John Green is like a nerd legend in book circles. Don’t ask me why, I have no idea. I’ve read a few of his books and while I enjoy them they’re not the best thing I’ve ever read. His characters can come off as kind of pretentious and he has also been know to over use the manic-pixie-dream-girl trope in his books.
I got into John Green because his book, The Fault in Our Stars, was being made into a movie and, obviously I had to read the book first. Paper Towns was made into a movie as well, and that’s what peaked my curiosity. I still haven’t seen the movie, but I’ve heard good things about the adaptation, which is awesome. Anytime a movie does a book justice, I am all over it. Regardless of my feelings on the book.
In the book we follow Quentin as he pines for his next door neighbour Margo. they were friends when they were little but have drifted apart since. Margo has developed a reputation for doing wild and crazy things over the years and Quentin idolizes her for it. She appears in his window one night and enlists him to help her in a revenge plot against her friends and now ex-boyfriend (One guess as to what you think happened to spark that).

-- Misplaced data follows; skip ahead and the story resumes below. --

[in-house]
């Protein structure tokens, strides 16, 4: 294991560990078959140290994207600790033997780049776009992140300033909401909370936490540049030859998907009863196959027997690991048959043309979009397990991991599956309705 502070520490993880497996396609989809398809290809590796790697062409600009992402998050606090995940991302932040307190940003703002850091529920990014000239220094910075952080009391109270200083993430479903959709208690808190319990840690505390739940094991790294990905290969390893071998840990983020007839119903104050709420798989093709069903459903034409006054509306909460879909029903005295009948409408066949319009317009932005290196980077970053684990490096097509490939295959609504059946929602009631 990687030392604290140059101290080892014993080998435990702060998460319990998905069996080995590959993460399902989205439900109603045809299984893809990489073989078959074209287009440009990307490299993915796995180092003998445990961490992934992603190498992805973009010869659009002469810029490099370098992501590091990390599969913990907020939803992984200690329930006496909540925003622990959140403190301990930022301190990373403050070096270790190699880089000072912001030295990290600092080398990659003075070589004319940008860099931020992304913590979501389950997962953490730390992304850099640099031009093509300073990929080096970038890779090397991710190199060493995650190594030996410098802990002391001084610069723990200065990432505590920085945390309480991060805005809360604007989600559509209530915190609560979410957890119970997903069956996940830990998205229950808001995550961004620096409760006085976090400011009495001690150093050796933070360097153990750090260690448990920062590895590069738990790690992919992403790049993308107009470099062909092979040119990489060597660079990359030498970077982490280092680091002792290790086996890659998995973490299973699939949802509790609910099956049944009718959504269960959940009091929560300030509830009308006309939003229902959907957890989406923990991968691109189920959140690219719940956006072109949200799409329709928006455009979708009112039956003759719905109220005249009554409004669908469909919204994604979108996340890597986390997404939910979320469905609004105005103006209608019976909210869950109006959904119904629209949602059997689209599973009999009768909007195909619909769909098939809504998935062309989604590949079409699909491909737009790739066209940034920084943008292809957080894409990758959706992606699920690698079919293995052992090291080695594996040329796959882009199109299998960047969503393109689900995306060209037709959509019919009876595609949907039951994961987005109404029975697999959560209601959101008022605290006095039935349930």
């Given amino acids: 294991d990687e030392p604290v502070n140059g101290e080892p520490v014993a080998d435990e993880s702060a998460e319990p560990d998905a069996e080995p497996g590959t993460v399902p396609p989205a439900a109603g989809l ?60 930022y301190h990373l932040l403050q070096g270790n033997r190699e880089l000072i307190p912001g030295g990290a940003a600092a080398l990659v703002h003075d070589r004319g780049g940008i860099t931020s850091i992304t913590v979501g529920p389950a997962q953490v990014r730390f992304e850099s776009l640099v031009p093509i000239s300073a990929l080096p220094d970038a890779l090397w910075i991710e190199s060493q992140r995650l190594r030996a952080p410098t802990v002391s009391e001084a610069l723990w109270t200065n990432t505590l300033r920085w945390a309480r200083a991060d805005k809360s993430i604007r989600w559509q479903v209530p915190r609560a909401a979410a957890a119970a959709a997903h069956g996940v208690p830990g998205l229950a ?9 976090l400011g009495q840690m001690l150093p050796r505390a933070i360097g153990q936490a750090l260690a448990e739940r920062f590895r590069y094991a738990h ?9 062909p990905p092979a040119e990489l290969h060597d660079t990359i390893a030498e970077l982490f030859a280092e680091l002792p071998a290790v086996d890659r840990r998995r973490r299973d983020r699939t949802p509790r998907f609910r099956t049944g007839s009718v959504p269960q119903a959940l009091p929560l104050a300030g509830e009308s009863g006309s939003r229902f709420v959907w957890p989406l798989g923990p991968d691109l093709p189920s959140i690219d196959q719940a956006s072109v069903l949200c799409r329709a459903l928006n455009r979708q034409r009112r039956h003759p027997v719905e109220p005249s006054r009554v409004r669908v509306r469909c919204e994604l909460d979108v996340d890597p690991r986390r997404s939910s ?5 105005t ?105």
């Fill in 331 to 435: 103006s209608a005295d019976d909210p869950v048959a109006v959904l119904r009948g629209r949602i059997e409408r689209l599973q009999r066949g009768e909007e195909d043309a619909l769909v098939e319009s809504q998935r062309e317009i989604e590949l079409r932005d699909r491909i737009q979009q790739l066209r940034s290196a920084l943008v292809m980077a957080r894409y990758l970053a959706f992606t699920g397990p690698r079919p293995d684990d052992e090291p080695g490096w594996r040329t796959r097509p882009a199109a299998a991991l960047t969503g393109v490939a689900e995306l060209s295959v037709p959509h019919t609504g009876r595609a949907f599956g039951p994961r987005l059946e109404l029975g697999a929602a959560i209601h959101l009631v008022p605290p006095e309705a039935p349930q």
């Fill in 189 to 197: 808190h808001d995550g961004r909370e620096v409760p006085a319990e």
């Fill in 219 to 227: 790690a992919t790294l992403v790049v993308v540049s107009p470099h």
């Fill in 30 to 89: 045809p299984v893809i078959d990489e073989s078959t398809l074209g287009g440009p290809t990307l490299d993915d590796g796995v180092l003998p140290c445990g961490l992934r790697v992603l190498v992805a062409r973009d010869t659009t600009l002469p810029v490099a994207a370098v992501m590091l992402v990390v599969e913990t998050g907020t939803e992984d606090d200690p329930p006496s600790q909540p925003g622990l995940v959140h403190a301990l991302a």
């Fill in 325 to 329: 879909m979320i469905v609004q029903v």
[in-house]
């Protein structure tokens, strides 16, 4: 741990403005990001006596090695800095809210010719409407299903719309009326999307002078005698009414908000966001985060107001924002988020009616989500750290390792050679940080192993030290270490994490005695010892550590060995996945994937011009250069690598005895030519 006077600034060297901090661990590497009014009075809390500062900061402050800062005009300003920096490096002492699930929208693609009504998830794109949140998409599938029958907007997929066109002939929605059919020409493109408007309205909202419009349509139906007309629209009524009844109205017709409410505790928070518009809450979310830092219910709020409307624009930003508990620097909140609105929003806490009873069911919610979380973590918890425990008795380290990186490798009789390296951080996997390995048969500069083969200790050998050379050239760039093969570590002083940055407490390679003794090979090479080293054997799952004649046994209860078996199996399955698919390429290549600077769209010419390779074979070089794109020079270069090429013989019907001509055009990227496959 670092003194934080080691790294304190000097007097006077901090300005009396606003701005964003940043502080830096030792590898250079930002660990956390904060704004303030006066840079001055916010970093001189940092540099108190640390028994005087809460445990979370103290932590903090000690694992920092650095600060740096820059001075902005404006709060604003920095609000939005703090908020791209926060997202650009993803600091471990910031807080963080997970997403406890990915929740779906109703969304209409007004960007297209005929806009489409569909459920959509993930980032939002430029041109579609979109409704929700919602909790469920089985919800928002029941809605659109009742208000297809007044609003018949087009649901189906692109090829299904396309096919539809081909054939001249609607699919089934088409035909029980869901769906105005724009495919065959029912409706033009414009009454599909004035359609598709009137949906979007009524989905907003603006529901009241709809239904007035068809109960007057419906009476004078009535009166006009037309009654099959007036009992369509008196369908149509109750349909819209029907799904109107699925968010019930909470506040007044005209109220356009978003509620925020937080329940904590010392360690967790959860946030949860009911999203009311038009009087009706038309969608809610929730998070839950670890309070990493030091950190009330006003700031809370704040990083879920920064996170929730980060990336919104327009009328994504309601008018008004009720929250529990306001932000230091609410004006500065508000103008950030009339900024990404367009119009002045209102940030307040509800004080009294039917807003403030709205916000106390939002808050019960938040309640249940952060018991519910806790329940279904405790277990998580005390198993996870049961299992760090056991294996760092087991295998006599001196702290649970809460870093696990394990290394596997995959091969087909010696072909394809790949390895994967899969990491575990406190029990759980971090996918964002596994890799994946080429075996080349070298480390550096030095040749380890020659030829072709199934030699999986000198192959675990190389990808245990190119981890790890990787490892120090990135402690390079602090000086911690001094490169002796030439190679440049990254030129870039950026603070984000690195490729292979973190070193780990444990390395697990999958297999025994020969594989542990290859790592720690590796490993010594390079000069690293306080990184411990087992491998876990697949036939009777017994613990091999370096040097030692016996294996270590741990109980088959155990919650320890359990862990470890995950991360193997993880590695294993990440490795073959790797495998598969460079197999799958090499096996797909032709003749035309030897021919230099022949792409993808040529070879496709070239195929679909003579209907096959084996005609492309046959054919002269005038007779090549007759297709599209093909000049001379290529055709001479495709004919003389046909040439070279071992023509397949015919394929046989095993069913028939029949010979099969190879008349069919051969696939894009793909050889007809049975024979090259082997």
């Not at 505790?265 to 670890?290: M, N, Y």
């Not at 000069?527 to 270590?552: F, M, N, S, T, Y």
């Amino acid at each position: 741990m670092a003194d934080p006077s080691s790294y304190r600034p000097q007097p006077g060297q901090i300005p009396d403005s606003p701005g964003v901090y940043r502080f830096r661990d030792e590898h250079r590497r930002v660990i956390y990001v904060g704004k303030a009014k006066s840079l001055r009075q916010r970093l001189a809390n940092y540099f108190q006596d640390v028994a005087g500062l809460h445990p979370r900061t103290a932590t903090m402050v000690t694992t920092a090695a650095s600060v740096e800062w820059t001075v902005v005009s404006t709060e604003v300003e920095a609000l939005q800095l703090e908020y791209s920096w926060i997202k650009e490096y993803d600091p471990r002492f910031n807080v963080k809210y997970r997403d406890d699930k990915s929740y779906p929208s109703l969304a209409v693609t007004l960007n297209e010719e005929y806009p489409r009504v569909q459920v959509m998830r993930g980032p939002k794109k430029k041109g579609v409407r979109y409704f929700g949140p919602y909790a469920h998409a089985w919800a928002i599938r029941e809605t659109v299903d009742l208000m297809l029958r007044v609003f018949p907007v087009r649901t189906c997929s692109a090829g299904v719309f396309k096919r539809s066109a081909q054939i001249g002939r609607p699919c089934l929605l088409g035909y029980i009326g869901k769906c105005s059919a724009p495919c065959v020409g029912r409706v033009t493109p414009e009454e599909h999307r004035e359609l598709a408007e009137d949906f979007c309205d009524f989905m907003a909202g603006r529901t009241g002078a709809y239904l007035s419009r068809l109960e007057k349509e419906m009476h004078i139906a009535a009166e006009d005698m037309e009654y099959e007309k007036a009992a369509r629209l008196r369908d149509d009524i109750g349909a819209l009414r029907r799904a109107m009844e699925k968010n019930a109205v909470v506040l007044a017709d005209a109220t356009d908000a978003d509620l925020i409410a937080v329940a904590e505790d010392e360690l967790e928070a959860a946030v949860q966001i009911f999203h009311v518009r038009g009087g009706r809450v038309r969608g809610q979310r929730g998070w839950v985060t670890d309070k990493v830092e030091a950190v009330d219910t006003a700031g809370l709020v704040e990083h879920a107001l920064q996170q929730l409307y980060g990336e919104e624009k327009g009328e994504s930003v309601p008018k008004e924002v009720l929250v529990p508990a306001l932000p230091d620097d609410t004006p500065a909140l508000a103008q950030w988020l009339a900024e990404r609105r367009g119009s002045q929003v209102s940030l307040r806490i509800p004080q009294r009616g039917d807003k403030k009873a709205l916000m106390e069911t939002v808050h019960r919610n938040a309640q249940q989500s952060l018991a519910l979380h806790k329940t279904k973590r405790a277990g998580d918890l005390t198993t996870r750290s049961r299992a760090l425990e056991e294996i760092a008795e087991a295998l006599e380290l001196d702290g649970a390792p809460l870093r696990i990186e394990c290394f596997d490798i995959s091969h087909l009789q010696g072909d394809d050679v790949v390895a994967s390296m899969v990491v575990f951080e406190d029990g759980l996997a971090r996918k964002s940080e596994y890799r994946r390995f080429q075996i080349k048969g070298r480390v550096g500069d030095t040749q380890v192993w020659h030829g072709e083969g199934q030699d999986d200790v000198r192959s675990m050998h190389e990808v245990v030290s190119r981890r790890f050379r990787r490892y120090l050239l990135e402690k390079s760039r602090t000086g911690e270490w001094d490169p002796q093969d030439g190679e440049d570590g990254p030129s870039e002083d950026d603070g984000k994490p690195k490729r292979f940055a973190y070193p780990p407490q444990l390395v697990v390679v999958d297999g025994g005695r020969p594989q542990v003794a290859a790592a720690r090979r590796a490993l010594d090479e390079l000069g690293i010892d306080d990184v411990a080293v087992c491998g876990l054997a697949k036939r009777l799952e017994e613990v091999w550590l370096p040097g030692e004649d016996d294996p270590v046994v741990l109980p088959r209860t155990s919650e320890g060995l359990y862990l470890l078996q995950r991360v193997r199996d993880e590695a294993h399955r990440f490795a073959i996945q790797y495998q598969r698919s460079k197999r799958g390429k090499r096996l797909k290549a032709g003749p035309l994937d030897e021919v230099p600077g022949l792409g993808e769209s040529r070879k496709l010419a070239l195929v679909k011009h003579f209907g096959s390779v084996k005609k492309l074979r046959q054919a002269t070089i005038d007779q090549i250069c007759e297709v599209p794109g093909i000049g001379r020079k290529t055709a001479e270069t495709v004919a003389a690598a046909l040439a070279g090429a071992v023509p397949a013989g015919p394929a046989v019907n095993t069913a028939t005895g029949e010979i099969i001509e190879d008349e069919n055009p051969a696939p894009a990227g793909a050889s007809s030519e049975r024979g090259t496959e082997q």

They spend the night completing wild pranks and breaking into Sea World. Quentin has never felt more alive and he’s convinced that this is the start of something between him and Margo. Except the next day, Margo has disappeared. She’s been known to run away in the past, so her parents are concerned, but not surprised. As the days and weeks slip by, Margo doesn’t come back, but Quentin discovers what he believes are clues left behind by Margo for him to find her.
The entirety of the book follows Quentin trying to figure out these clues to find Margo and culminates in the coolest road trip ever. I can’t wait to see it portrayed on screen. Quentin learns a lot about himself and learns that when you idolize someone, you sort of make them into who you want them to be and forget who they actually are.
The reason this book is on my worst list is because I did not like the ending and felt that the pacing was a little off. Yes, I am allowed to be shallow sometimes.
Dreamstrider by Lindsay Smith – Published October 6, 2015; 394 pages.
This book was mentioned in my Most Anticipated Releases of 2015 post way back at the beginning of my blog. I finally got my hands on it and found some time to read it over winter break. It really wasn’t what I was expecting. I just felt it could have been better.
The concept and the world building were really well done and well thought out. I did feel that the ending was a little too perfect and we probably could have done with a little more death (I’m clearly in a writing class, because I get annoyed when characters don’t suffer enough).
We follow Livia, the only known dreamstrider who can possess people and not lose herself to the madness of Nightmare. She isn’t the government’s first choice and is still too inexperienced for their liking, but she comes into her own in the book. We get a glimpse into how the government of this world works, and it’s as screwed up as you’d think it would be as they can take over people’s bodies and possess them.